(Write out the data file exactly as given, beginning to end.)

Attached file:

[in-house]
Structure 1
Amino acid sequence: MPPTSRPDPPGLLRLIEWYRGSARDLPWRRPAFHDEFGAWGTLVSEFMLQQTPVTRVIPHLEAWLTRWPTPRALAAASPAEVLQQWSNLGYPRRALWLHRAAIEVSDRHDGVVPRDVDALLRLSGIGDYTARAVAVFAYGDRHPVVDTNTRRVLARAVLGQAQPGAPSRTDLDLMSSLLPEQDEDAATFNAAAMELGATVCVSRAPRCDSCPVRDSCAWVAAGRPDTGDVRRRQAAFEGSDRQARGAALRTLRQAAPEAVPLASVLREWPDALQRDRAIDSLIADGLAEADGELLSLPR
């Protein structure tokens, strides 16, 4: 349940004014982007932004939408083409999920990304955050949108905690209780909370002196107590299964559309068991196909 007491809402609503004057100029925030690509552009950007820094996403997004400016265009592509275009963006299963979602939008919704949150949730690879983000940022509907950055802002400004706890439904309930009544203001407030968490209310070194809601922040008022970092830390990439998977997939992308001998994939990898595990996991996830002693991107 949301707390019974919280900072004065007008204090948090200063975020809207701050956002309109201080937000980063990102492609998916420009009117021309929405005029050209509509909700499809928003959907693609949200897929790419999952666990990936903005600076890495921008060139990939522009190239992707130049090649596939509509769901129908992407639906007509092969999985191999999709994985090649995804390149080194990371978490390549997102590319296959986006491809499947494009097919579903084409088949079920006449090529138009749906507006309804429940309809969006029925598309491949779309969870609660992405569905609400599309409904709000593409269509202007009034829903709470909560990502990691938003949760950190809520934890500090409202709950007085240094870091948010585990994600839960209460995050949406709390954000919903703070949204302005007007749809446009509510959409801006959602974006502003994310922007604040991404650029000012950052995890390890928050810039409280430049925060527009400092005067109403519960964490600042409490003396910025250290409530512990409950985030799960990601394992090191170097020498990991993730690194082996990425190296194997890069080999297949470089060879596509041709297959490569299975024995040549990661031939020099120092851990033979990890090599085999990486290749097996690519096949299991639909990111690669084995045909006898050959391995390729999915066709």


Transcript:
[in-house]
Structure 1
Amino acid sequence: MPPTSRPDPPGLLRLIEWYRGSARDLPWRRPAFHDEFGAWGTLVSEFMLQQTPVTRVIPHLEAWLTRWPTPRALAAASPAEVLQQWSNLGYPRRALWLHRAAIEVSDRHDGVVPRDVDALLRLSGIGDYTARAVAVFAYGDRHPVVDTNTRRVLARAVLGQAQPGAPSRTDLDLMSSLLPEQDEDAATFNAAAMELGATVCVSRAPRCDSCPVRDSCAWVAAGRPDTGDVRRRQAAFEGSDRQARGAALRTLRQAAPEAVPLASVLREWPDALQRDRAIDSLIADGLAEADGELLSLPR
């Protein structure tokens, strides 16, 4: 349940004014982007932004939408083409999920990304955050949108905690209780909370002196107590299964559309068991196909 007491809402609503004057100029925030690509552009950007820094996403997004400016265009592509275009963006299963979602939008919704949150949730690879983000940022509907950055802002400004706890439904309930009544203001407030968490209310070194809601922040008022970092830390990439998977997939992308001998994939990898595990996991996830002693991107 949301707390019974919280900072004065007008204090948090200063975020809207701050956002309109201080937000980063990102492609998916420009009117021309929405005029050209509509909700499809928003959907693609949200897929790419999952666990990936903005600076890495921008060139990939522009190239992707130049090649596939509509769901129908992407639906007509092969999985191999999709994985090649995804390149080194990371978490390549997102590319296959986006491809499947494009097919579903084409088949079920006449090529138009749906507006309804429940309809969006029925598309491949779309969870609660992405569905609400599309409904709000593409269509202007009034829903709470909560990502990691938003949760950190809520934890500090409202709950007085240094870091948010585990994600839960209460995050949406709390954000919903703070949204302005007007749809446009509510959409801006959602974006502003994310922007604040991404650029000012950052995890390890928050810039409280430049925060527009400092005067109403519960964490600042409490003396910025250290409530512990409950985030799960990601394992090191170097020498990991993730690194082996990425190296194997890069080999297949470089060879596509041709297959490569299975024995040549990661031939020099120092851990033979990890090599085999990486290749097996690519096949299991639909990111690669084995045909006898050959391995390729999915066709």